Content Type: Gaming News
Date: July 5, 2020
Recently we had an entire post dedicated to comparing Cyberpunk 2077 to a Tabletop RPG experience, and a lot of new footage and information came out since to confirm that line of thought.
Let’s do a brief summary on that discussion. Despite all of the applaudable efforts by the video game developers to deliver the open-world exploration and open-gameplay storytelling, our actions in the RPG games are still limited by how much developers were able to predict and accommodate our choices to any given situation.
Previously we have discussed that despite the impressive elements Cyberpunk 2077 will be bringing in as a game, it likewise can’t become a video game replica of TTRPG simply due to the limitations imposed by the process of game development as it exists today. Pre-scripted RPG universe simply can’t adapt the world, characters, and the story to the player character’s freeform reactions in the way a human GM would be able to.
Still, some features offered by Cyberpunk 2077 are refreshingly unique from what we are used to, demonstrating just how much detail can be produced in multiple years of dedicated work carried out by passionate people, and it might cause significant changes within the RPG genre. This time we want to focus specifically on the game’s dialogue.
Interactivity and Consequence as a Part of Storytelling
Dialogue in Cyberpunk 2077 carries the role of exploration encounters, it takes on the function of cutscenes and other types of lore exposition, and it even tells you more about the backstory and personality of your own character.
Even more of an achievement is the fact that you will be making a lot of your decisions during dialogue. The consequences of what you say, do, or don’t do will be significant enough to completely shift the direction of the final outcome of a quest and its details. It can unlock new events within the quest. Your decisions might come up later to bite you back or to reward you. You might discover an entirely separate progression line to pursue.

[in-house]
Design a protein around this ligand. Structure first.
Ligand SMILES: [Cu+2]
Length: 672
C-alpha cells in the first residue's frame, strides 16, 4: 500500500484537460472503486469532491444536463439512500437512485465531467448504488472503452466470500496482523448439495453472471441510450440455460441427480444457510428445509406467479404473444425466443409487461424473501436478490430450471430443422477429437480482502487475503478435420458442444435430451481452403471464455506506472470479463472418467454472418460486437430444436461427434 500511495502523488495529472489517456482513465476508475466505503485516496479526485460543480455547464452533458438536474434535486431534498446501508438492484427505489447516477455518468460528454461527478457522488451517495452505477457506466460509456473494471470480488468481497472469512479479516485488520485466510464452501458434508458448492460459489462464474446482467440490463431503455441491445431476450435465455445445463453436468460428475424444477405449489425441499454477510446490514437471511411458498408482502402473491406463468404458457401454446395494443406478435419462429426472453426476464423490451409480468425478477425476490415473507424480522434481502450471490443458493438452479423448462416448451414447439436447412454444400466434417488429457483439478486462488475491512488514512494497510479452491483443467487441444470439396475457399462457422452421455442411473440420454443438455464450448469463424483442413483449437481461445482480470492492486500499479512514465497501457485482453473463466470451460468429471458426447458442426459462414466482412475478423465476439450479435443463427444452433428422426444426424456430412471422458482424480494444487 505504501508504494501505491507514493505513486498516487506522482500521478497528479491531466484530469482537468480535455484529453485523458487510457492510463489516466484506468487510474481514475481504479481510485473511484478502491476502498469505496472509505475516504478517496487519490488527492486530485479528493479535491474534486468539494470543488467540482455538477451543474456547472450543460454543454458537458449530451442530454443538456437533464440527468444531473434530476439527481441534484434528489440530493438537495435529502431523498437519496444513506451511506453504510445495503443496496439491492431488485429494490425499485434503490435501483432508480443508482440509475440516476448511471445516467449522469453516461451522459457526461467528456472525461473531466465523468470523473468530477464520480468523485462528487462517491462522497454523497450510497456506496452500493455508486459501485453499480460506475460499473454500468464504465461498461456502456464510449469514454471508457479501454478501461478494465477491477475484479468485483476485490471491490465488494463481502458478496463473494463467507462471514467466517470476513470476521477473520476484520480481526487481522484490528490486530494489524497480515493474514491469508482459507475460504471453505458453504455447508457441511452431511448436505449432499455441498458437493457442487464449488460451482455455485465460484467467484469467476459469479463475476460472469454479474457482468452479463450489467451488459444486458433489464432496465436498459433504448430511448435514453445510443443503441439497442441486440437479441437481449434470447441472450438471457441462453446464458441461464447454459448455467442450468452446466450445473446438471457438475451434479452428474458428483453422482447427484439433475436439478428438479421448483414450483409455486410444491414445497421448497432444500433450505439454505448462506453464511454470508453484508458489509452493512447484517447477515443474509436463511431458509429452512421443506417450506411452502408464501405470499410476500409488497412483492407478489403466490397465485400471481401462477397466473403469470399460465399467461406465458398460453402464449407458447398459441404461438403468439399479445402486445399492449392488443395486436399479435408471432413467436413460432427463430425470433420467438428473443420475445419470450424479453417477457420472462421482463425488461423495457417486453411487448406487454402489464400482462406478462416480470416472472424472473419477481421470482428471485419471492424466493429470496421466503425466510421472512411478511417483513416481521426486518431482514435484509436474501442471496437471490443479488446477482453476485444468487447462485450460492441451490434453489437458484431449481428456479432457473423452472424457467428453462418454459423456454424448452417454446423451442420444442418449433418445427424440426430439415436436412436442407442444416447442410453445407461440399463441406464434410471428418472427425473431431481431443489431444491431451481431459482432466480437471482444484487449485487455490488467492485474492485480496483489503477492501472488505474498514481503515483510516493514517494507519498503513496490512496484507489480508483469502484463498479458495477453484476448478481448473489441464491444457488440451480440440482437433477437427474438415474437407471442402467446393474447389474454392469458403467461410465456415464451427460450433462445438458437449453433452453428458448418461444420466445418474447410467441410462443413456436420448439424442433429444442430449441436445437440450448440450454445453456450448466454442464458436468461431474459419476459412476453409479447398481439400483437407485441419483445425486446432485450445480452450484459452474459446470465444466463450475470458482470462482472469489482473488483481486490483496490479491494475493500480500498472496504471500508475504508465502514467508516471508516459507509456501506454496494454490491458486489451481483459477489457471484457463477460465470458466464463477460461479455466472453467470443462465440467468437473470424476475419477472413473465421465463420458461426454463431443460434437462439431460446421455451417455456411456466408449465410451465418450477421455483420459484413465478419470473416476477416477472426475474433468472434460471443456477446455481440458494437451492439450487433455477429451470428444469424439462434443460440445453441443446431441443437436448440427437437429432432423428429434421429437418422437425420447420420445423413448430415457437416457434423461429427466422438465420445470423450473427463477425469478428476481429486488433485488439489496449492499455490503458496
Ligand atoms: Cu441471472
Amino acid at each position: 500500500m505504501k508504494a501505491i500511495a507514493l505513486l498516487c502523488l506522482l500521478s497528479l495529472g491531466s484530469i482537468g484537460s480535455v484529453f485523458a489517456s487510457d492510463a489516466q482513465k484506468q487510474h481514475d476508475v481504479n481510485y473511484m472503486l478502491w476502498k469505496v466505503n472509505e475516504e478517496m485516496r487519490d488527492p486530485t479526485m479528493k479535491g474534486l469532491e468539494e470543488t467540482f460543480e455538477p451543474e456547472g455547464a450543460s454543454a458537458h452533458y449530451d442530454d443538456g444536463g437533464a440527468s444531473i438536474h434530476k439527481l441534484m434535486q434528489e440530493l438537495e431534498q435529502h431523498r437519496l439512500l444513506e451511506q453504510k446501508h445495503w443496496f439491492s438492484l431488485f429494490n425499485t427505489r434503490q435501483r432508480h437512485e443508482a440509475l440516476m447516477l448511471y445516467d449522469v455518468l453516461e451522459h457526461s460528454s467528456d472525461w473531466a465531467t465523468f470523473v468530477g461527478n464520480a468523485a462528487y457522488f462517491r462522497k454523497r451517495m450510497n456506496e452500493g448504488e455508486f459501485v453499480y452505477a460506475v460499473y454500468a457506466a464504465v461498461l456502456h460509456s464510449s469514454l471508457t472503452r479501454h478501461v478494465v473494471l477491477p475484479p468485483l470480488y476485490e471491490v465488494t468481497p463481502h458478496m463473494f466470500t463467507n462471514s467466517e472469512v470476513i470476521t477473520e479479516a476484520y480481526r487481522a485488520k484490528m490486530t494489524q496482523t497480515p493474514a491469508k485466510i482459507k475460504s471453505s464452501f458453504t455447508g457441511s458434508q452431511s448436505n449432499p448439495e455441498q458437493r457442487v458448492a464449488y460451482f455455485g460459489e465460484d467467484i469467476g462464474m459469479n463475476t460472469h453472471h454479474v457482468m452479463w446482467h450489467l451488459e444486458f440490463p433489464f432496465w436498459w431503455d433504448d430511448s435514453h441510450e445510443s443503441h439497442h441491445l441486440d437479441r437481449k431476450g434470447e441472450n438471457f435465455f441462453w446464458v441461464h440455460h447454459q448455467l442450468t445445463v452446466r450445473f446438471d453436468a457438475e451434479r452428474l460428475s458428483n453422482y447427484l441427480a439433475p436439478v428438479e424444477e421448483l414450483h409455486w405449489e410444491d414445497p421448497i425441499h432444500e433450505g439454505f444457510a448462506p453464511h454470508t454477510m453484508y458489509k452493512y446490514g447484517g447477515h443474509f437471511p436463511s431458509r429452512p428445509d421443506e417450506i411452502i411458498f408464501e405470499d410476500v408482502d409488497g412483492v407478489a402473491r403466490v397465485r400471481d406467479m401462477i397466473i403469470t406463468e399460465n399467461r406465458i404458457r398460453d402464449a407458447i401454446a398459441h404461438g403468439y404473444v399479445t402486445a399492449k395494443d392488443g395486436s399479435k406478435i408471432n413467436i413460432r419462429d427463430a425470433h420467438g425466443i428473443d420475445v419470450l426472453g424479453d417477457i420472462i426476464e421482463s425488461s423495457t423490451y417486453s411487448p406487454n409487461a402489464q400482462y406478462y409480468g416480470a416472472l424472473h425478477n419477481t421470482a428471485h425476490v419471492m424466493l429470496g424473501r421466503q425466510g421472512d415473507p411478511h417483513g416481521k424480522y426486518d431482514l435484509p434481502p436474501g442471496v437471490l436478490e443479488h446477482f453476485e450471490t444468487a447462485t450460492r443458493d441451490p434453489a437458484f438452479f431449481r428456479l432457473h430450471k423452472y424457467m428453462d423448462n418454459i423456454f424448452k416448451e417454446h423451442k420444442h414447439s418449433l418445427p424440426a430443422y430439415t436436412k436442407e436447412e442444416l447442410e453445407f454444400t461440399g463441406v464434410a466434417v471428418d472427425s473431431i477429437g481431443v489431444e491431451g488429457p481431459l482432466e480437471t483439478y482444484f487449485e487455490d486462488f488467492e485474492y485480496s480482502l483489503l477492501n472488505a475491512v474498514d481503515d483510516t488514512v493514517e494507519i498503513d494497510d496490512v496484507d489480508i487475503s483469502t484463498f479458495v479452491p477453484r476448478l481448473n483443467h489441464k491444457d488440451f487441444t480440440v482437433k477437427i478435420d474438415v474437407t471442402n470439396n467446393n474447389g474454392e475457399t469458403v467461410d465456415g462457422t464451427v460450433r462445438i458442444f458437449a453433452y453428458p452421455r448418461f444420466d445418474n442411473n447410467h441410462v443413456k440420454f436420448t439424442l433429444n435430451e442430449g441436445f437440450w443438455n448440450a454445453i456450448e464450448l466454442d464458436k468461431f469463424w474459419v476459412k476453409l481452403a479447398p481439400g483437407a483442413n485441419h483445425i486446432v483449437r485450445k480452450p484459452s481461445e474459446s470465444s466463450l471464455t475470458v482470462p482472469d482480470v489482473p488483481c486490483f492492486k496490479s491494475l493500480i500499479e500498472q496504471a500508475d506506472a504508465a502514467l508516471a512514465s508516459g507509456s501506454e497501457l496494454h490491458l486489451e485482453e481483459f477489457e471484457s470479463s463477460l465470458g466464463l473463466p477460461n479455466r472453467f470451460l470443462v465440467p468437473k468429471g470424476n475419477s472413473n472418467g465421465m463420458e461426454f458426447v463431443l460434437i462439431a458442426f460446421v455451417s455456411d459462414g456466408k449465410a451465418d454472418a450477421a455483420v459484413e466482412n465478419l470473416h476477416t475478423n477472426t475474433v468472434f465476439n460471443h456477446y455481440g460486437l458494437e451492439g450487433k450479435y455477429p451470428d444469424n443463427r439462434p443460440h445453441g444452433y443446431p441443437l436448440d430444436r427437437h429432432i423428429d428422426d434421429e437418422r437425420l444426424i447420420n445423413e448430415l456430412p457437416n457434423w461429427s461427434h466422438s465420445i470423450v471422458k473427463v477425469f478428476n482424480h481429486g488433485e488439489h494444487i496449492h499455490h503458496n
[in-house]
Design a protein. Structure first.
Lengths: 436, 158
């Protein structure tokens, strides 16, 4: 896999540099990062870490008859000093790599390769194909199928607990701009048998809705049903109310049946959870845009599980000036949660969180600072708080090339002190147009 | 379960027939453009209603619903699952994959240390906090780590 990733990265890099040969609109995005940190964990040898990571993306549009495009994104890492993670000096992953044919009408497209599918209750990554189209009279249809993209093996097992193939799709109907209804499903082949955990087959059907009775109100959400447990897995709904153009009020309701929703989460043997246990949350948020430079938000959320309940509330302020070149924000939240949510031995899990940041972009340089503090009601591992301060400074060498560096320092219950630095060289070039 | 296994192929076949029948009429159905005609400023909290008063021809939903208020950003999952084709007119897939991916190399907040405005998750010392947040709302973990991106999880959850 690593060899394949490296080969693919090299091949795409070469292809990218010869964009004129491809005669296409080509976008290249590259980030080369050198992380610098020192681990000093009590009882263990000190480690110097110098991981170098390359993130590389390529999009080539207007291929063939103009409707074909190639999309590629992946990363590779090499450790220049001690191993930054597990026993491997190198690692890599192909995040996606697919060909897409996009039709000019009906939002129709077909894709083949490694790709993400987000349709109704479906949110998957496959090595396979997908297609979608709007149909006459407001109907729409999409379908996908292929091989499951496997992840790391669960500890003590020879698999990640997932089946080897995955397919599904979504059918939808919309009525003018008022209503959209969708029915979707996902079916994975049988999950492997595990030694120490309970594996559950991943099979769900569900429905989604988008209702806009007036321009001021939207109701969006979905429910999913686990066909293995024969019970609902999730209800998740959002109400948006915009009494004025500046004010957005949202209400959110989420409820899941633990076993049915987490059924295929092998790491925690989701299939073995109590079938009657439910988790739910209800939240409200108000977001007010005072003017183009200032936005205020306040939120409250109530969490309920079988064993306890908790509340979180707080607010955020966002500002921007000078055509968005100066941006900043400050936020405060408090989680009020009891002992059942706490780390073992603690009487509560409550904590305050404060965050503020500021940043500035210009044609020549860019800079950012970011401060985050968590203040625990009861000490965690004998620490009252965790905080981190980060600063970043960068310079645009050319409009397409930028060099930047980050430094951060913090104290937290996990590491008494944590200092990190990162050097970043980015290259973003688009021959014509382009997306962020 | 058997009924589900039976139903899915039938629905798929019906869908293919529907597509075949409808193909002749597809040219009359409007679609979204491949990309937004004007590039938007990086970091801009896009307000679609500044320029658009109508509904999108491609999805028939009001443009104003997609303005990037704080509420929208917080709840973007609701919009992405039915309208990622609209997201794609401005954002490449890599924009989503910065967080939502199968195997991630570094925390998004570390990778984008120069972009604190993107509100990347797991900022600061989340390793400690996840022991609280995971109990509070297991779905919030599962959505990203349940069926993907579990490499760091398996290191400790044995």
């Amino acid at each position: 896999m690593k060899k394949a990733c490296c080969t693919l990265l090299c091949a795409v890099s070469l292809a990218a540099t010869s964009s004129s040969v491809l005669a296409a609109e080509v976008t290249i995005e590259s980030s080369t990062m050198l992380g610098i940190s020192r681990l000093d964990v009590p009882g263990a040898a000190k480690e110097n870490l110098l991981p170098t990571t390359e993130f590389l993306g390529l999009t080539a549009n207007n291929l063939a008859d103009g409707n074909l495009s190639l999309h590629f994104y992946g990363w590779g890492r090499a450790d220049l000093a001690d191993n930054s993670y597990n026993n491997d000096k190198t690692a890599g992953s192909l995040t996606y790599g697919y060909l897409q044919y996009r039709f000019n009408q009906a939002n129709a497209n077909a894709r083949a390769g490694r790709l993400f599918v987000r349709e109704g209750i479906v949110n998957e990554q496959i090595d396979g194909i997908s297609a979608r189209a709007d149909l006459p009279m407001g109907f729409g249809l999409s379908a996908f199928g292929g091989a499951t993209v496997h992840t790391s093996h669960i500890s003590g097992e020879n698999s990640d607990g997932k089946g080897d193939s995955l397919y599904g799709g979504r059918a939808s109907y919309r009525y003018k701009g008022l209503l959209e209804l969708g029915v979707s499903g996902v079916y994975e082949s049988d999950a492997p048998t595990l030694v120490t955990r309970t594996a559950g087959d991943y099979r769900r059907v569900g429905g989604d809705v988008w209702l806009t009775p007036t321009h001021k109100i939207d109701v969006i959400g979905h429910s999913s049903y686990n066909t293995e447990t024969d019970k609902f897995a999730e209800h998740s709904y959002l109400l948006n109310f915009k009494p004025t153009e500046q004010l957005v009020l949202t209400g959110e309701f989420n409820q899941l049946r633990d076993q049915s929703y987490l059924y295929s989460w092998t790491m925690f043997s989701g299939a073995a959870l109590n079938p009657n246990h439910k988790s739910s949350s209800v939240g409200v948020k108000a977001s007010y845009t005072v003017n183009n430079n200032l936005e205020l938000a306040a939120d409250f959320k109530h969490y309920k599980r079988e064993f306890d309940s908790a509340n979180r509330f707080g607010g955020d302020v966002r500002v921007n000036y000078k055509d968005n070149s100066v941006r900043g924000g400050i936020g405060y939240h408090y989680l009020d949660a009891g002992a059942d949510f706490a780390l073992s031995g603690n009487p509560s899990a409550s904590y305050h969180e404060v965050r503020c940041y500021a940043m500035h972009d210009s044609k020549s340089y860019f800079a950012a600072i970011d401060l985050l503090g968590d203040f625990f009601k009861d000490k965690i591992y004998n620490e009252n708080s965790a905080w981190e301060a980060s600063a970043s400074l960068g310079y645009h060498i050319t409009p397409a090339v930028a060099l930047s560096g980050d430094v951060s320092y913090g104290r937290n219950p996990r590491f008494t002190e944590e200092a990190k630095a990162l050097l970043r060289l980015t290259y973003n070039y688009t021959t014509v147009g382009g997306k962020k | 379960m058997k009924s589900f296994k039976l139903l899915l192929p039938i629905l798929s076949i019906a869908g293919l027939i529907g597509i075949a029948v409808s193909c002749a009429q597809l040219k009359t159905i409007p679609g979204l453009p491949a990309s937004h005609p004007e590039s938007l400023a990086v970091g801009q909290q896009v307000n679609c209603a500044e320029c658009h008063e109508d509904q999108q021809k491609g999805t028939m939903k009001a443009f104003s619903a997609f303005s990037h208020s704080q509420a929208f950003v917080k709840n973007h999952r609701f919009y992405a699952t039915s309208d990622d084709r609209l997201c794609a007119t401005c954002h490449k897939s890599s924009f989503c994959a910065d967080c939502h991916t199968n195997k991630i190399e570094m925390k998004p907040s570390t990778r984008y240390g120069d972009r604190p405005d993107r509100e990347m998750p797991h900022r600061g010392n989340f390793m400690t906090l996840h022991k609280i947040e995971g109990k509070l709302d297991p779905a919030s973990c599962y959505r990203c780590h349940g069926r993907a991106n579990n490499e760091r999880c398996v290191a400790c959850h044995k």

In other words, CDPR is packing a lot of options into the game’s dialogue, and they are making every part of it either informative, immersive, or consequential to your efforts.
But that’s not new information, and we even took it into a different direction in our other post, so why are we bringing this up again?
Dialogue “Cutscenes” With Freedom of Movement
Let’s combine what we have just discussed with what we know about dialogue functionality in Cyberpunk 2077.
During dialogue encounters, no matter how important the event happening at hand, your character can move their head freely, having full control over where their attention is at any given moment. With the exception of a handful of moments where your character is immobilized during the conversation (for example, pinned to the ground by a police officer), you have a lot or full range of motion.
In the majority of cases that also means that your character can end the conversation at any time by simply standing up and walking away. In other cases the freedom of head movement means that they can address another speaker in the conversation or choose not to.
Some dialogue encounters become action scenes in themselves, a kind of an interactive cutscene. Events might be timed, so you can choose to remain silent for certain parts of the conversation or even fail to take advantage of certain opportunities. Movement of your body could become a targeted action as well, like jerking your hand away, firing your gun, or tossing the basketball back at a harassing thug with enough force to knock them off their feet.
A reminder that most of these would also incur unique consequences, aside from making the world feel interactive.
All of this, in combination with the functionality and importance of dialogue, becomes an exciting new way to approach human interaction in RPG games, inspired by the freedom and significance of TTRPG social encounters (arguably, the ability to affect the world and its people is one of the most satisfying features of TTRPG games).
CD Projekt Red has a lot to show to those players who have learned to be disappointed by witnessing storytelling in new game releases devolved into lore-dumping dialogue and confining cutscenes.
In Cyberpunk 2077 you can discover a ton of little detail you have missed in your previous playthrough merely because you looked in the other direction (perhaps it happened because you looked in the right direction.) You can walk out of certain conversations, choose to remain silent in others, and experience making important or impulsive decisions on the fly.
In this description it might sound stressful. But some of those who got a chance to try out the demo in June will tell you that it is enthralling.